History (Ph.D.)

History (Ph.D.)
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Why pursue a Ph.D. in history at UNH?

Our history Ph.D. program will prepare you for a career in historical research with a focus on U.S. history and colonial America. Our courses cover a wide range of times, places and subjects, with particular strength in cultural history, women's history, the history of religion, Atlantic history and African American history. You’ll refine your experience in methods of historical research and writing, gain competence in reading a foreign language, and work on a dissertation in collaboration with award-winning faculty in one of the top history departments in the nation.

Program Highlights

Members of our department have won some of the most important prizes in the profession, including the Pulitzer and Bancroft prizes, a Guggenheim Fellowship and Fulbright fellowships, as well as many teaching excellence awards. Surveys of scholarly productivity among faculty at research universities have placed us among the top 20 history departments in the country. You may have heard or seen our faculty on PBS, C-SPAN, TLC, NPR or the History Channel. In addition to robust academics, our department offers lecture series that bring in visiting scholars, including the Rutman Distinguished Lecture Series on the American Presidency, which focuses on American political history.

Potential career areas

  • Academia
  • Biographer/author
  • Historical researcher
  • Policy analyst
  • Political consultant
  • Public sector historian

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Curriculum & Requirements

The Ph.D. is intended to prepare students for professional careers in historical research.  In this department, all Ph.D. students specialize in U.S. history / colonial America.  Students with a particularly strong secondary field outside of U.S. history may write dissertations that involve comparative studies of U.S. history / colonial America.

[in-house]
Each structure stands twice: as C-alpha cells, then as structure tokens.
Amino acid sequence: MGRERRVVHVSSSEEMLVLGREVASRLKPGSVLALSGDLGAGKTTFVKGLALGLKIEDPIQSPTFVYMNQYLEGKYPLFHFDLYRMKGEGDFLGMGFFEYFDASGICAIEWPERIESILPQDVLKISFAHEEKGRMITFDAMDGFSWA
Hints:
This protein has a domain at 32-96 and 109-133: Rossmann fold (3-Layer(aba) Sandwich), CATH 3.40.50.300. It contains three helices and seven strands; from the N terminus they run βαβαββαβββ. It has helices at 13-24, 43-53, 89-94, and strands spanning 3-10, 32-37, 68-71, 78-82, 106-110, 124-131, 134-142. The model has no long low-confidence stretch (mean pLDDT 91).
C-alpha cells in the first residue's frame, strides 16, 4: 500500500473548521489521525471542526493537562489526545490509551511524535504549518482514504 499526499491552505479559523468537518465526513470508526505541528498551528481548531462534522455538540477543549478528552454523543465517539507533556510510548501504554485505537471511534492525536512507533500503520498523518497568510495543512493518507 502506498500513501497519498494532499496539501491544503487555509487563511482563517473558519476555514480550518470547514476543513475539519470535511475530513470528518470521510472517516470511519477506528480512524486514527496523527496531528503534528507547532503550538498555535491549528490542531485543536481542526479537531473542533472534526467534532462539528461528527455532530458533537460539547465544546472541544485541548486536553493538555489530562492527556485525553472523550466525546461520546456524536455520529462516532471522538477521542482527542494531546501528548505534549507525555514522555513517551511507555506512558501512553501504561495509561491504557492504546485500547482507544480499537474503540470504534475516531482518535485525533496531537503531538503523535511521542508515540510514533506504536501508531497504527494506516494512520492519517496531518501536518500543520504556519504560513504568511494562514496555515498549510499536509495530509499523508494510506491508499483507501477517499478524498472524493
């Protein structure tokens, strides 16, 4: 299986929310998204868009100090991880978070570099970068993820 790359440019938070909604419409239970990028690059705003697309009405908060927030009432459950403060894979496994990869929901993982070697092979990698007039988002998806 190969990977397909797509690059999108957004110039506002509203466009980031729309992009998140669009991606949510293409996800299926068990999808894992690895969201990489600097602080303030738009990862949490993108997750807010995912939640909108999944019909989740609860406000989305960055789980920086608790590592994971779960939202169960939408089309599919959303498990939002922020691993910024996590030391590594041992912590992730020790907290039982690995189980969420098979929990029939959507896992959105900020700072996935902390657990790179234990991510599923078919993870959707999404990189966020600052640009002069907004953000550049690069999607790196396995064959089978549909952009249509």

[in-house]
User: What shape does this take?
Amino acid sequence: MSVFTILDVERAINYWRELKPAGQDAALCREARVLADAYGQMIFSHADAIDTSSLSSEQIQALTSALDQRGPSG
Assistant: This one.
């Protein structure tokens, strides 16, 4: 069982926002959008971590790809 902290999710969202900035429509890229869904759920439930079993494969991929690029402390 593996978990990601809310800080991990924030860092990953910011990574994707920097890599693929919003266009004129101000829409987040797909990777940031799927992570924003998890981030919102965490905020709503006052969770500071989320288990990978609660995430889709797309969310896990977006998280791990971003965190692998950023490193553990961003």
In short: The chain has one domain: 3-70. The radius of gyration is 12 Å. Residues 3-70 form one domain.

Before writing any dissertation, Ph.D. students must demonstrate competence in reading a foreign language, then pass a set of written and oral comprehensive examinations.

Degree Requirements

A doctoral student's program, which must be approved by the graduate committee of the department,  shall include each of the following requirements: two research seminars HIST 981 Doctoral Research Seminar in American History (taken twice), in which students will write a research paper in early U.S. History and a research paper in modern U.S. History; two reading seminars, HIST 939 Readings in Early American History and HIST 940 Readings in Modern American History; a course in historical methods; correction of any deficiencies in the student's previous program; proficiency in one foreign language; HIST 970 Graduate Seminar in Teaching History(applies to all doctoral candidates awarded teaching assistantships); HIST 971 Professionalization for Historians; preparation through reading and coursework in the entirety of U.S. history, with emphasis upon either early or modern U.S.; preparation through reading and coursework of two subfields outside of U.S. history, one of which may be a cognate field outside of history entirely; qualifying exams; dissertation proposal; and dissertation and successful defense.  

Candidacy is reached after successful completion of the following:

  1. required coursework listed above and courses to prepare fields or correct any deficiencies in the student's previous preparation;
  2. demonstrate proficiency in a foreign language;
  3. pass written and oral qualifying exams.

Note: In the definition of fields above, United States and U.S. are understood to mean the United States and its colonial antecedents.

Please consult the History Department's Graduate Student Handbook for additional details.

Apprenticeship and Degree Regulations

The department considers that graduate work in history, and particularly doctoral work, is professional training. The department recognizes the dual concerns of the historian's life: teaching and research. When feasible, all doctoral students are expected to undertake teaching in the department during a part of their residence. Participation in proseminar and in teaching constitutes an apprenticeship in conjunction with formal study. Doctoral students may choose to pursue the Cognate in College Teaching offered through the Graduate School. All graduate students are reviewed annually by the faculty of the department. A student accumulating two course failures is automatically barred from continuing in any degree program in history, but the department reserves the right to exclude others whose overall performance does not give reasonable assurance of a successful program completion. Students are allowed no more than three attempts to meet any language requirement.

  • Students will be able to demonstrate broad knowledge of historical events and periods and their significance
  • Students will be able to explain and critique the historical schools of thought that have shaped scholarly understanding of their fields of study